OppLoans Q&A with Paul Vasey of CashCrunch Games: Part 3
Paul Vasey is the founder of CashCrunch Games. Originally from the UK, he taught Business Studies for 12 years, and holds a Business Education Degree from Nottingham Trent University. Since deciding to leave the classroom and start walking the walk, Paul has dedicated his time and energy to teaching personal finance concepts to kids and teens through active, engaged gameplay. He currently lives in California and is affiliated with Centsai.com.
What are the most important things we should be teaching children and teens about personal finance?
Money is simple, like math. If you follow the rules, then it is easy.
They should know that they cannot spend more than they earn.
There isn’t a money tree in the garden. A dollar is earned once and spent once.
Understand the difference between a need and want.
If you want something, you have to make a choice on whether spending money on that thing is worth it. Instant gratification and entitlement are dangerous concepts. If you cannot afford it, you have to wait until you have enough money.
They should be taught that their allowance is not their budget. Always put some money aside first. Pay yourself.
“Pay yourself” is something you’ve mentioned before in things you have written. What exactly does that mean?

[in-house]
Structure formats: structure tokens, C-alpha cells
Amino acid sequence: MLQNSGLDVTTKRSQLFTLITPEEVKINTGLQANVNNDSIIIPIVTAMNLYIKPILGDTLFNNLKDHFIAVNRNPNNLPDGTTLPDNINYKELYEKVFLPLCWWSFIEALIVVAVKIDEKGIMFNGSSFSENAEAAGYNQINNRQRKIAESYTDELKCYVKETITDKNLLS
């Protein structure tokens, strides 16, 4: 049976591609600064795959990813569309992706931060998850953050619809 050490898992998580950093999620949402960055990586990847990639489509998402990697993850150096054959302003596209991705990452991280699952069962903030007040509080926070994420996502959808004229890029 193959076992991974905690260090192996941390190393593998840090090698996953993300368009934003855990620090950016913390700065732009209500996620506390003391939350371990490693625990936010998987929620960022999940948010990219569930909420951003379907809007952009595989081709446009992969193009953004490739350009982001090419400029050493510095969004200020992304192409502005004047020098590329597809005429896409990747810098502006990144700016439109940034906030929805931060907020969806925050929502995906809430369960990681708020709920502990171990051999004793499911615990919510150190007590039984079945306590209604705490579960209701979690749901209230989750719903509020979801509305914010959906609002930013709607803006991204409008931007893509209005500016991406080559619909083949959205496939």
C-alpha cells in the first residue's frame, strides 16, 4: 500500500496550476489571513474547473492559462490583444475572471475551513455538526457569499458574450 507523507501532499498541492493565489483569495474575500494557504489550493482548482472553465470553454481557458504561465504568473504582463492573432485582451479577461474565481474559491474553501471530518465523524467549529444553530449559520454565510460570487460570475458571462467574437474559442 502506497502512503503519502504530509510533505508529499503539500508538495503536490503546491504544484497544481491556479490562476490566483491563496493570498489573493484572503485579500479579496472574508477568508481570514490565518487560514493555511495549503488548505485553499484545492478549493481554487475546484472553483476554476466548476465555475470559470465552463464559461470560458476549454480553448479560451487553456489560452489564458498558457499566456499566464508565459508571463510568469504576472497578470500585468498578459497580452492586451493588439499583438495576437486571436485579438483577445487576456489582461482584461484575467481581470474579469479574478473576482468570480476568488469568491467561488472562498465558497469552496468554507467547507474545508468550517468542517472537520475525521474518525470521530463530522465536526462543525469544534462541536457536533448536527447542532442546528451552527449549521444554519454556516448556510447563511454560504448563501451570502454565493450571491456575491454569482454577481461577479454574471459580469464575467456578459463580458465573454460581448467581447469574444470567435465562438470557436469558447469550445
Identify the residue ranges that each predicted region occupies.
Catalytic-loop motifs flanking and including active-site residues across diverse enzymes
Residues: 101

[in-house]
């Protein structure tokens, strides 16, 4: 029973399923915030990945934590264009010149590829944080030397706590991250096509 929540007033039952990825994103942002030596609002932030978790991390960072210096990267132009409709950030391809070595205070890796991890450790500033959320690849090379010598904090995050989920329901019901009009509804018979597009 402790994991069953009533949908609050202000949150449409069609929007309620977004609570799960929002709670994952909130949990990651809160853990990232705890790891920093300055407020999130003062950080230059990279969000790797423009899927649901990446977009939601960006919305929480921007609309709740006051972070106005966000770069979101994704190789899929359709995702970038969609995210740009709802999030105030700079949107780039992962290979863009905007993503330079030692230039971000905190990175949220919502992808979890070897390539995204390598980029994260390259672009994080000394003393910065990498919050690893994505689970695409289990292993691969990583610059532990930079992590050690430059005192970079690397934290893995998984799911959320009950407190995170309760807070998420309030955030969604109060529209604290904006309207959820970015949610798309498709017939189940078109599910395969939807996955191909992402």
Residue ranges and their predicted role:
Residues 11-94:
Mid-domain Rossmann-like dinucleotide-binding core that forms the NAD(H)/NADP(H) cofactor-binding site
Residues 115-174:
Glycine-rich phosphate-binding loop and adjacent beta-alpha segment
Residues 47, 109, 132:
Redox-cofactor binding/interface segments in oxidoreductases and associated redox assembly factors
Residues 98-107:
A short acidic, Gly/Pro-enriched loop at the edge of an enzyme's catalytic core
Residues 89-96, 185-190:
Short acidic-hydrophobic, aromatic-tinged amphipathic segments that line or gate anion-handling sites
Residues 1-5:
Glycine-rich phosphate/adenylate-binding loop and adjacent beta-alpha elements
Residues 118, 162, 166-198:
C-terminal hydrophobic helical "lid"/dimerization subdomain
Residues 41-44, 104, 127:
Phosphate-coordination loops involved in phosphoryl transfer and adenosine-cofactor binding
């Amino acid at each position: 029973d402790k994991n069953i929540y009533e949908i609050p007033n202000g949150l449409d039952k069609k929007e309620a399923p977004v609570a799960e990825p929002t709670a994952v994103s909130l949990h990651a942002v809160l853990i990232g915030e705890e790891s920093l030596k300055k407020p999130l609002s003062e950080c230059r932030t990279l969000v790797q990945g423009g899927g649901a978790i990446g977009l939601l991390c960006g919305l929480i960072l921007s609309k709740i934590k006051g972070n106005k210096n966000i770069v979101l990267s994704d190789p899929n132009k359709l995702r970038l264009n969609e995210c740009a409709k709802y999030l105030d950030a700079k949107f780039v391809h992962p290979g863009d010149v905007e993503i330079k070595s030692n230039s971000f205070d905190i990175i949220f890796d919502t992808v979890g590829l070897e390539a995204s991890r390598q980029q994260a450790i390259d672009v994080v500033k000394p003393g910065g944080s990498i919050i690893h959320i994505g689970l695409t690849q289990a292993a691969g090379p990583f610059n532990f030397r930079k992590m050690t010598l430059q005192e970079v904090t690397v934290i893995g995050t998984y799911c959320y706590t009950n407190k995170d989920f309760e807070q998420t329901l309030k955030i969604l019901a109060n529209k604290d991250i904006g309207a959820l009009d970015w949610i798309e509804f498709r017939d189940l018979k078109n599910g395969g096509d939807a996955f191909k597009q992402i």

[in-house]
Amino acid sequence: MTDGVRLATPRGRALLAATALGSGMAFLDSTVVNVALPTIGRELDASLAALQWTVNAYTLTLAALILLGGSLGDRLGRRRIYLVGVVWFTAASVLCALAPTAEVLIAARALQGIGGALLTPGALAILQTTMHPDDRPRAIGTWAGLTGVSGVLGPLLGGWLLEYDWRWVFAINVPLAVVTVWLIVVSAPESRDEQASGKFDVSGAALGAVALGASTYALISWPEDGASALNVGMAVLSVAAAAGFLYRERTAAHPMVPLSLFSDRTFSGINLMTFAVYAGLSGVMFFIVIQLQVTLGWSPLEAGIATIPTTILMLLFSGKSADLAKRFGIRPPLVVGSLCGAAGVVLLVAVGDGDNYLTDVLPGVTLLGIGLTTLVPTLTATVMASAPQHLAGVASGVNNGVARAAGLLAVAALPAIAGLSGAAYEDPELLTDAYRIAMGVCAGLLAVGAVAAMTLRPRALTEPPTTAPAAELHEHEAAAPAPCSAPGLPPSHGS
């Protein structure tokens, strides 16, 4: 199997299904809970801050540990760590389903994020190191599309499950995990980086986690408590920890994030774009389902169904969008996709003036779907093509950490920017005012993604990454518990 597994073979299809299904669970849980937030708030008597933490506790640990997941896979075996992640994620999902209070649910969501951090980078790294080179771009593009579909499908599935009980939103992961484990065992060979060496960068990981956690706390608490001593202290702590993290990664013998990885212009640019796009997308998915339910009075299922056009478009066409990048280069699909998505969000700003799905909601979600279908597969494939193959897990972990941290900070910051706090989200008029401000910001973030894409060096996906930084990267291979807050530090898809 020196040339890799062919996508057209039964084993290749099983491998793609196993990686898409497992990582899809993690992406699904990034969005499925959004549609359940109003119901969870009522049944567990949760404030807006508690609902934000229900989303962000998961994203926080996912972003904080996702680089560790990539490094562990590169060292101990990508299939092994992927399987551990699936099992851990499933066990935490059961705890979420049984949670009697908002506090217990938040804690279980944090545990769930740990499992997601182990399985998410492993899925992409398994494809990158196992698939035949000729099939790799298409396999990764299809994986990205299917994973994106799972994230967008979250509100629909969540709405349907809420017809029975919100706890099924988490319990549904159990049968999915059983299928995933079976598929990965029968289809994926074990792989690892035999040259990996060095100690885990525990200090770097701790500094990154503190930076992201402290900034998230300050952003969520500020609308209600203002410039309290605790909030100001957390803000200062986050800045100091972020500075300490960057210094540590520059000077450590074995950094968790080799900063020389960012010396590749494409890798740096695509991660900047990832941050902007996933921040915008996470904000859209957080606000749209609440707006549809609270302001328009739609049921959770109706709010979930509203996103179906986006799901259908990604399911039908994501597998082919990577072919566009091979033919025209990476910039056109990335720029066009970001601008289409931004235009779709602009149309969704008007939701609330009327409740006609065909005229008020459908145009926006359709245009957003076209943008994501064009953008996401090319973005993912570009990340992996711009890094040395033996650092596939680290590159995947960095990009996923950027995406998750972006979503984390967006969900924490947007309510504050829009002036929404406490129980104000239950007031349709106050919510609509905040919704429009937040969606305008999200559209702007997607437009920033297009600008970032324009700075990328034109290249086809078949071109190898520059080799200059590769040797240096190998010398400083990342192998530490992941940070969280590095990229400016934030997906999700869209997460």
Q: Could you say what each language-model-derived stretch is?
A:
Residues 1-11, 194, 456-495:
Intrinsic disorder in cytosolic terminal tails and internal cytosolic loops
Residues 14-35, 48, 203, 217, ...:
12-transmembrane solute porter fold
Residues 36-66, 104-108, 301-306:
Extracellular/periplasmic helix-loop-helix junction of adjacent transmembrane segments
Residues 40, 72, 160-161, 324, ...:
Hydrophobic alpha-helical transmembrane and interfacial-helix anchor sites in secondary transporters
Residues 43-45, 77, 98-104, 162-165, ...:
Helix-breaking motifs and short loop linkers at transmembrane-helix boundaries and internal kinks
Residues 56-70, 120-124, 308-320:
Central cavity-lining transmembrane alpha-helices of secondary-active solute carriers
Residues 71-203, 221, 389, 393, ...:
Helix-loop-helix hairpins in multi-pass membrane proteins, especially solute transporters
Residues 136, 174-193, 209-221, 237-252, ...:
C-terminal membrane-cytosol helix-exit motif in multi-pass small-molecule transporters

Pay yourself first. If you took that literally, it’d be quite confusing—because who’s paying you? Unless you are your own boss, or have a side hustle, you are probably getting paid by someone else. So then, I am paying myself to do what, exactly? It didn’t really translate until I thought about it a bit. But still, I like the terminology.
“Pay yourself” means, “Put something aside for yourself first, and then you can spend the rest.” I first heard it here in the US: Save something for yourself first, and then spend. Why don’t we automatically think about putting something away for later? People don’t realize that they don’t have that mentality. That’s the whole philosophy behind these games: save first, spend later. Because if you put that money aside and then spend what is left, you’re only going to spend what you have. It’s the same thing with the goldfish in a bowl: if you put the fish in a bigger bowl, it will grow bigger in order to fill it. It’s like that with a budget: The more money in your budget, the more you will spend. Instead, you take out 20% of your salary right when you get paid and you put it in savings. Once you’ve done that, you’re making decision based only on the remaining 80%.
What about using credit? It’s so easy for people to get a credit card, start using it, and all of a sudden owe thousands of dollars plus interest.
There’s two things here. First, let’s take basic money. The beauty of currency around the world is that they all have different colors and sizes for different denominations. Just look at pound notes in the UK, they’re a perfect example. So when you spend money, it’s much easier to know what you’ve spent. For instance, you spent a brown piece of paper, and you know exactly how much that brown piece of paper is worth. But in America, all the money is the same color and the same size. You can’t keep a mental track of what you’ve spent.